System Changes And Volume Setting


Here is an important issue with volume setting and listening to changes. We often experience customers getting very fastidious about setting the volume level exactly the same when swapping and comparing a new piece of gear in their system. And then making an assessment partially based on any perceived changes in volume, or with an idea that a different volume setting will mask any differences in the performance of the new product. But in our view this is a misleading procedure and it can actually detract from the real results of the change.

Remember that the volume control changes the gain to your power amplification stage. And your power amplifier amplifies music, plus noise, plus distortion. So when you listen at any particular volume, you are listening to the summation of all 3 of these. Swap a source component for one with less distortion say, and by this logic you may well get less energy arriving at the power amplification stage with the same volume setting. Also remember that distortion is more obviously loud because its harsh in nature, and we reel away from it. So our suggestion is this. Firstly if something initially seems a little quieter, don’t condemn it, it’s quite possibly producing less distortion. Spend some time listening with your favorite music – stuff that lifts you emotionally and not just a 10 second snippet of an audiophile recording – and adjust the volume to where it sounds musically correct, to give you the level of engagement that feels right. Allow plenty of time to listen, and look out for new surprises in your favorite recordings. After a while perhaps do the letterbox check as well (see below). If it turns out that the new bit of kit is is genuinely better, you will hear real improvements to the music and its presentation , and the system will perhaps now be more stable over a wider volume range too – there really is no need to worry where the volume knob is pointing.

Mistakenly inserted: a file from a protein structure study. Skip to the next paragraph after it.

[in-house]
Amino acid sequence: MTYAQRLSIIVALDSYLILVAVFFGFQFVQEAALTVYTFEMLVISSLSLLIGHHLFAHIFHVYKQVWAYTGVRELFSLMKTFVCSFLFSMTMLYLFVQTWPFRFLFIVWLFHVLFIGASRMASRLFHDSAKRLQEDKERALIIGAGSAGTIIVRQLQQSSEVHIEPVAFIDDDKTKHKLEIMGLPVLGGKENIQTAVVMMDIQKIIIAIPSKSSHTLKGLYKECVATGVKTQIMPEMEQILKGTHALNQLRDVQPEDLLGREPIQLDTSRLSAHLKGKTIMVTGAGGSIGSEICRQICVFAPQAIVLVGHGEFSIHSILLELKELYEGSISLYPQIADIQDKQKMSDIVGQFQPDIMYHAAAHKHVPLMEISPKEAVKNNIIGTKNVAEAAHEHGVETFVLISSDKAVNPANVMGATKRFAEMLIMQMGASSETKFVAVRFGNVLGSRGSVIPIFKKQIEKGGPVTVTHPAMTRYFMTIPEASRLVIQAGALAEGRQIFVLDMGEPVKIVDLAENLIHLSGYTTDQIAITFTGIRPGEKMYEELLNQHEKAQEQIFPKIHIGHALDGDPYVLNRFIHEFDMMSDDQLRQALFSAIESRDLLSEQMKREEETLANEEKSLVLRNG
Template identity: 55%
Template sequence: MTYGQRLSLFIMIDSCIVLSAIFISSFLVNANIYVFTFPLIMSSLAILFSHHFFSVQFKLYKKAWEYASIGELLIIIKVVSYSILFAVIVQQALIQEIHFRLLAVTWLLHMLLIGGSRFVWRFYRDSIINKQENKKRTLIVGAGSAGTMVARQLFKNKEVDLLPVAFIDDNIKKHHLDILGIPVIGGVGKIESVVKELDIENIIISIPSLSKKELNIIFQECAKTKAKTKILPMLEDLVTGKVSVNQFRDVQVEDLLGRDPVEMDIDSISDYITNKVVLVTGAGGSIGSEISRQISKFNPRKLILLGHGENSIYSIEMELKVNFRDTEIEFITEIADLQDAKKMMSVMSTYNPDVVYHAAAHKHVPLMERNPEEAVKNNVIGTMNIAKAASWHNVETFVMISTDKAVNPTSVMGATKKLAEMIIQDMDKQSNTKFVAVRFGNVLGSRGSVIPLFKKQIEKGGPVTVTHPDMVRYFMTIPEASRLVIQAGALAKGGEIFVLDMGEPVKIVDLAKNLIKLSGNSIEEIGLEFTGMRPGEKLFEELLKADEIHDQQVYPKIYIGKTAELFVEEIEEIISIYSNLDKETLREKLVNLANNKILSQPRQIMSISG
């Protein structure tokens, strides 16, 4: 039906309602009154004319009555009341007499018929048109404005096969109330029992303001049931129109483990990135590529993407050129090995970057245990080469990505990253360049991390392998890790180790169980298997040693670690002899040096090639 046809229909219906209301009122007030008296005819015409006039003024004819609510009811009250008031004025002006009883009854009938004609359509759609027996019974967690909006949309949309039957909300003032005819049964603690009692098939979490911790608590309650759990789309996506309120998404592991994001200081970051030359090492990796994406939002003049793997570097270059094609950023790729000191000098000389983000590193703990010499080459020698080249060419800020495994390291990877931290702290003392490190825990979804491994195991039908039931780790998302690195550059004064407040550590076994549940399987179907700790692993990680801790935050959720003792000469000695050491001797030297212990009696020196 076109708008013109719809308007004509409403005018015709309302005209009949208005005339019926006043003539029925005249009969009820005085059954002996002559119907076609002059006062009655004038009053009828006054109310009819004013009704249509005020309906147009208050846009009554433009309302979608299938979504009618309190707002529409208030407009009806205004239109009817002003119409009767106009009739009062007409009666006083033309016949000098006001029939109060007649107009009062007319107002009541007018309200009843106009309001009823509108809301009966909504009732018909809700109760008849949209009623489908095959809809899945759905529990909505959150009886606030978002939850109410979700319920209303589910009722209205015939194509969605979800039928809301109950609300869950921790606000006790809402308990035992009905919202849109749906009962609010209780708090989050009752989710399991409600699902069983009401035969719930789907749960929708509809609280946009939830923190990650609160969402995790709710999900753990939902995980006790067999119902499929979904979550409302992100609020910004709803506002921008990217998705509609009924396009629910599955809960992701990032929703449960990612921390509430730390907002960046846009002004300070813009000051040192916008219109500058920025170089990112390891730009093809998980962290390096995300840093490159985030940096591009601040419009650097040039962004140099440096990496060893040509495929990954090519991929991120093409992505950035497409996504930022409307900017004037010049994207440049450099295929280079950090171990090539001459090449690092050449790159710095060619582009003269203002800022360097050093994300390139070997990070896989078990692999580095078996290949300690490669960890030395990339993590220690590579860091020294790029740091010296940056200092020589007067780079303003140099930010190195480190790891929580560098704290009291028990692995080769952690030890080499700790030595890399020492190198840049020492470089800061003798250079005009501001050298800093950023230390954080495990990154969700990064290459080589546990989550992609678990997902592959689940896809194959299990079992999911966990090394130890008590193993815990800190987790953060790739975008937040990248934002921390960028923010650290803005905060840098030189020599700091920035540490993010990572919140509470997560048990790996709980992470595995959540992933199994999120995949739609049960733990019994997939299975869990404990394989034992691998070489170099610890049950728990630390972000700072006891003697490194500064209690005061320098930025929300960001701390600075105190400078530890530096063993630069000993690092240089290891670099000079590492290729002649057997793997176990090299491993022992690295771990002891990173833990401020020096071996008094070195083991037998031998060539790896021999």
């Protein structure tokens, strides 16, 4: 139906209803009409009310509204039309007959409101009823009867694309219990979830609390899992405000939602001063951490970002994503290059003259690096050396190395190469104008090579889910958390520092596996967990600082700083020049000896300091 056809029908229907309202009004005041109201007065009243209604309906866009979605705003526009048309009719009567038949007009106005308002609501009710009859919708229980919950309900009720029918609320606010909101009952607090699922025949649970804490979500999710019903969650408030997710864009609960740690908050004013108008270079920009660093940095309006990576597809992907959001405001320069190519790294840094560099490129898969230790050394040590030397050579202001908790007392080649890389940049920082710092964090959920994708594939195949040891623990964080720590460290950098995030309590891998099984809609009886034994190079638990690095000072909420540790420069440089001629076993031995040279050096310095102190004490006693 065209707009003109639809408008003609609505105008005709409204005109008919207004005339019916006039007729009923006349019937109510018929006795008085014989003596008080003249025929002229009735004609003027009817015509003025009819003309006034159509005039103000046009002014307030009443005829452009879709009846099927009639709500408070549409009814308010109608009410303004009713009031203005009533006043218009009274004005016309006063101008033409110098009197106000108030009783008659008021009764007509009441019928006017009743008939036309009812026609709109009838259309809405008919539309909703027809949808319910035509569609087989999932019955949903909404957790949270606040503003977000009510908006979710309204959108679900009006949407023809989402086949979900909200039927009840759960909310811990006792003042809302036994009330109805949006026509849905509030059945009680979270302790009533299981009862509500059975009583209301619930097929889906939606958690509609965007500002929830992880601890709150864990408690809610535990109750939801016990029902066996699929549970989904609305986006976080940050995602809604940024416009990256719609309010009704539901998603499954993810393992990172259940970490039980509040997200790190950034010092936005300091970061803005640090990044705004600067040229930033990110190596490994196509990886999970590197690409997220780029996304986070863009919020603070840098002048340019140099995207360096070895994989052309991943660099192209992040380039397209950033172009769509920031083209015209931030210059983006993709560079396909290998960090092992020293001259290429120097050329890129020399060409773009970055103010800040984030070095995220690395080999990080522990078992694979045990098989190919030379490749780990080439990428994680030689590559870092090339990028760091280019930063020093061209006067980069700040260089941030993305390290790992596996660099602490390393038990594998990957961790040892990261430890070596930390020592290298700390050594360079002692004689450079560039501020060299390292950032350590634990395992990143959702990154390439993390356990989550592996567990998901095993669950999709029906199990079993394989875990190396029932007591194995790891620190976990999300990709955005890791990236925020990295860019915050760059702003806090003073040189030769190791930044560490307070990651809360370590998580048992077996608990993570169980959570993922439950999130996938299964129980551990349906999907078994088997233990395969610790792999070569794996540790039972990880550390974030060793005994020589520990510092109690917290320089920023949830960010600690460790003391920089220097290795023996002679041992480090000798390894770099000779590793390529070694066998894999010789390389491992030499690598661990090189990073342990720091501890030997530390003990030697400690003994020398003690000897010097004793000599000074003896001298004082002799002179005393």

The Volume ‘Letterbox’ Problem

Lets assume we own a system that is poorly put together. It has electronics that are not appropriate for the environment, the speakers and room are not a good match and there is no logical system infrastructure. What can we do to determine this system’s condition more accurately?

Well, one of the major characteristics of such a system is that it will have a poor response to different volume settings. At low volume it sounds weak and flat, there is not much tonal expression, rhythm or musical involvement. When playing low, the listener is instinctively aware of this problem and keeps wanting to turn up the volume to get the involvement he desires. When we do turn it up a bit we get to a volume level where generally the system sounds a little better – there seems to be some of the involvement we are after – but we are also aware that other sound quality aspects might not be as good as we would like, but this is what we have come to expect from this system.

There are also times though, when we want a louder, more stimulating experience, and want to crank up the volume 3 or 4 notches. And this is often when things become considerably worse of course, the reality being (although we might not want to admit it) that the sound becomes very bright and harsh, less controlled and timing is jumbled. Fatigue levels go up considerably.